What can bankruptcy accomplish for a person who is in debt in Wisconsin?

It is always best to pay your legally incurred debt. However, if creditors will not work with you, if they harass you with telephone calls, letters and legal actions, you have a right to examine your options, including bankruptcy. If you have more debt than you can realistically pay, you have a right to protect your home, vehicles, personal property and future income for yourself and your family.

Chapter 7 is the most commonly used provision of the bankruptcy code. Under this Chapter, unless an individual or joint filer has income or asset values that exceed certain limitations, filers are able to eliminate their liability for most unsecured debts. (Some unsecured debt is not dischargeable, including child support, student loans and most taxes.)

Chapter 13 bankruptcy provides very flexible tools to help reorganize debt. Regardless of income or asset status, a person or couple can restructure debt under Chapter 13. Depending on circumstances, a Chapter 13 filer may be able to pay all unsecured debt without interest. Filers may be able to pay a modest percentage of unsecured debt and receive a discharge of the test once the Chapter 13 is complete (usually 3 to 5 years). Chapter 13 can be used to cure arrearages (or back payments) due on home or vehicle loans. A Chapter 13 filer can reduce interest on vehicle loans, or rewrite the loan entirely if the loan is old enough. A filer protects income (and some or all income tax returns) from overly aggressive creditors, including student loan lenders and tax entities.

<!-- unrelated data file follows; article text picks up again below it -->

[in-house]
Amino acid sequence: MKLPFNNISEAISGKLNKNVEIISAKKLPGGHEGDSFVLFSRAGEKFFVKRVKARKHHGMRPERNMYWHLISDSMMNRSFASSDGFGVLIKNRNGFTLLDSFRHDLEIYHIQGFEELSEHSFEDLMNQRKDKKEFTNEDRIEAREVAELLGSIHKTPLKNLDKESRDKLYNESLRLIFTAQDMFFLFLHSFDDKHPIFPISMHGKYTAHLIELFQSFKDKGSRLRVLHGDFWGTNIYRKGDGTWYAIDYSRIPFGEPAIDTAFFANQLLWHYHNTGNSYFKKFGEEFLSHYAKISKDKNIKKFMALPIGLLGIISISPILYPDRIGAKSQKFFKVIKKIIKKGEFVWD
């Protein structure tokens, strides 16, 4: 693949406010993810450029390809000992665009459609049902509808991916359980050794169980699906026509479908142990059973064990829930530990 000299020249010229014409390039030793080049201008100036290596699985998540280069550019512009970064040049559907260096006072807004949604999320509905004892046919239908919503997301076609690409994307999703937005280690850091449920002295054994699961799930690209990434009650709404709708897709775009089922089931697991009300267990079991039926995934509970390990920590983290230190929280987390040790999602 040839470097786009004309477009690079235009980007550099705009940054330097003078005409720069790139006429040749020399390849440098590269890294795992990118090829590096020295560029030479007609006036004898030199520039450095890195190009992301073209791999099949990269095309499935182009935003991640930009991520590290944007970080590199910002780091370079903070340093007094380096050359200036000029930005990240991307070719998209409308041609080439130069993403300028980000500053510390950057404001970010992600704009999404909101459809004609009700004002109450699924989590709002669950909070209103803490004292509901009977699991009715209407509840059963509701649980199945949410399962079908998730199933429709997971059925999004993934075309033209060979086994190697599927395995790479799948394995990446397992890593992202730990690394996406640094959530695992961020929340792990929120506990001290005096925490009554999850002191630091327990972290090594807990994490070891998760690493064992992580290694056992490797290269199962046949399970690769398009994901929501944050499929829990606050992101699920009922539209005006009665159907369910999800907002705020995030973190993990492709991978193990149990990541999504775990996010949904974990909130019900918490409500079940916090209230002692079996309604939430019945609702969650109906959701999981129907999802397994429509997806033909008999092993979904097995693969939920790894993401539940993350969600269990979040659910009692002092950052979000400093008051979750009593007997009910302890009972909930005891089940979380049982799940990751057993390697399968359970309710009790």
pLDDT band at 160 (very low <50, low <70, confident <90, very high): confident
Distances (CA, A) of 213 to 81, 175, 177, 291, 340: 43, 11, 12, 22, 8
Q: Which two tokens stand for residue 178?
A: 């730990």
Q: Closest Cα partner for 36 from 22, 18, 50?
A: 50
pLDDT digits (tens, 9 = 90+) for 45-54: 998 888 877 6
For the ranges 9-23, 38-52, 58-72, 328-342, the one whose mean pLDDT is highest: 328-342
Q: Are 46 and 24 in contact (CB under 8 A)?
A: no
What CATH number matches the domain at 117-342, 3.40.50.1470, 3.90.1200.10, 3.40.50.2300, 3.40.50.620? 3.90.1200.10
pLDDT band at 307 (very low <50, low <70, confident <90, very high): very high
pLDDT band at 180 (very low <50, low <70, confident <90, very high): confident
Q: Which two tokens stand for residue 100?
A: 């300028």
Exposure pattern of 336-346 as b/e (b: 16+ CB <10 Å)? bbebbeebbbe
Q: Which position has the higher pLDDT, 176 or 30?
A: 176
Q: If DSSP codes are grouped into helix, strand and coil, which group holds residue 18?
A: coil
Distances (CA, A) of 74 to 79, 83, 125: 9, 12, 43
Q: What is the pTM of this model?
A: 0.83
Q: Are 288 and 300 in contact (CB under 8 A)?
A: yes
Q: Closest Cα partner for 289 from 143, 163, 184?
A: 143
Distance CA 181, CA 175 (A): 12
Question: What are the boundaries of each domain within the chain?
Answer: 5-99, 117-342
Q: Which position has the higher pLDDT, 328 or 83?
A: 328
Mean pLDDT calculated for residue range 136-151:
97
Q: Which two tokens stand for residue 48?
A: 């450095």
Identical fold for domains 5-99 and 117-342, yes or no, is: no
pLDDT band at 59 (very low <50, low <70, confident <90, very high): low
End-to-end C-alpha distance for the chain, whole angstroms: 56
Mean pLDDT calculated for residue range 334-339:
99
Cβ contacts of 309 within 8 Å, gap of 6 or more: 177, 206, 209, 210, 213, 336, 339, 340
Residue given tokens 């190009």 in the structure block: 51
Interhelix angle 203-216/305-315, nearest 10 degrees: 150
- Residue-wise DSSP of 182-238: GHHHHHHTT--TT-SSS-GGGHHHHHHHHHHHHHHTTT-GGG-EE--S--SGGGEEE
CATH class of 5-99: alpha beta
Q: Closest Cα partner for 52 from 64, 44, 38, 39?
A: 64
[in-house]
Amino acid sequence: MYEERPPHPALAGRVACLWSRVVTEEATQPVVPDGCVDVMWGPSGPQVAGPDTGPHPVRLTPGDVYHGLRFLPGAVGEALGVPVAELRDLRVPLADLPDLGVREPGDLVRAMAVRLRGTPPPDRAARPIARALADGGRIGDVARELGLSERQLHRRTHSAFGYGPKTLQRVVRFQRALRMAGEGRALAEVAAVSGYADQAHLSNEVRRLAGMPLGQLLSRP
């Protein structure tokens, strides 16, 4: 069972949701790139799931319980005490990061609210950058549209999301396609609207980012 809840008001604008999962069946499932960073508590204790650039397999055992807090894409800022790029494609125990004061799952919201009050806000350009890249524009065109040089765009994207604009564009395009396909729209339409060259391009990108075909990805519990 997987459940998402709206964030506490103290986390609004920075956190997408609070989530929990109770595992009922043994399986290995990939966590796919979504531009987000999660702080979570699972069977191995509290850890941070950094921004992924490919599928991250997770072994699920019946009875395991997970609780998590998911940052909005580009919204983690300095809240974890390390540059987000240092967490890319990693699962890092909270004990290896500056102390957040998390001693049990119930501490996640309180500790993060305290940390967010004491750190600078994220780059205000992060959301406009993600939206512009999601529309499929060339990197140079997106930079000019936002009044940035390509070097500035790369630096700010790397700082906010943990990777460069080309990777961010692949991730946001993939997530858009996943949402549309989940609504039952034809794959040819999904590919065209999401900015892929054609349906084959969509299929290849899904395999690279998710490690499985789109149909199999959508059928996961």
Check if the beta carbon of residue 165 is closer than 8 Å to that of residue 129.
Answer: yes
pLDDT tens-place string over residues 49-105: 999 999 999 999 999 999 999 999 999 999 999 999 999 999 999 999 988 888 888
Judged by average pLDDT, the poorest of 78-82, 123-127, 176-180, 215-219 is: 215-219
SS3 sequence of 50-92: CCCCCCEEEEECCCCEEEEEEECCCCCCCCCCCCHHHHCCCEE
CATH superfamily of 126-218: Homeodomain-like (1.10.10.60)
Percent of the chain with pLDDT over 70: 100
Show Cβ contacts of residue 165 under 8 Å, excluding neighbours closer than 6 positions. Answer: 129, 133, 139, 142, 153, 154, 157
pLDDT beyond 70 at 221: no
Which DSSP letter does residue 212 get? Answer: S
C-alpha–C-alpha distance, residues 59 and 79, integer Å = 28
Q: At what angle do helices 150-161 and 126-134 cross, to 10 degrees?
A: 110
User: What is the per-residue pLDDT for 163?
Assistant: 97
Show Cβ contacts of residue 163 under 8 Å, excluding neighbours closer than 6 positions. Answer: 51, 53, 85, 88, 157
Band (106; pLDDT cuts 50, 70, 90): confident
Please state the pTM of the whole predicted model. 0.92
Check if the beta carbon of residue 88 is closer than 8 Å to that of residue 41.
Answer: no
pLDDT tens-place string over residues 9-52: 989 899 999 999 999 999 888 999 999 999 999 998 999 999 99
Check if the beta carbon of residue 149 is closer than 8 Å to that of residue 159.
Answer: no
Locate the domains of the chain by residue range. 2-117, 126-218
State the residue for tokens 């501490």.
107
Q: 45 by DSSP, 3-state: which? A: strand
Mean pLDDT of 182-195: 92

Chapter 13 also provides for a Mortgage Modification Mediation Program through the Federal Bankruptcy Court, which has helped many debtors refinance their first mortgages to a more affordable monthly payment. This program has sucessfully helped to modify many mortgages in Wisconsin.

Both Chapter 7 and Chapter 13 bankruptcies set in motion what is called an “automatic stay.” This provision of bankruptcy law prevents creditors from contacting or harassing you while you are in bankruptcy. Filing bankruptcy will stop or delay almost all collection activity, including garnishment, repossession, and foreclosure, even if a lawsuit is already in progress.

It is very unlikely that you will lose assets that you wish to keep by filing bankruptcy in Wisconsin. Wisconsin exemption laws are more generous than in most states. An individual filer is able to protect a homestead with up to $75,000 equity. Joint filers who are husband and wife can protect up to $150,000 equity in a homestead. Cars and other assets are usually protectable.

Filing bankruptcy is usually very affordable. The most important thing is to choose a competent lawyer in your area who will make you feel comfortable with the process.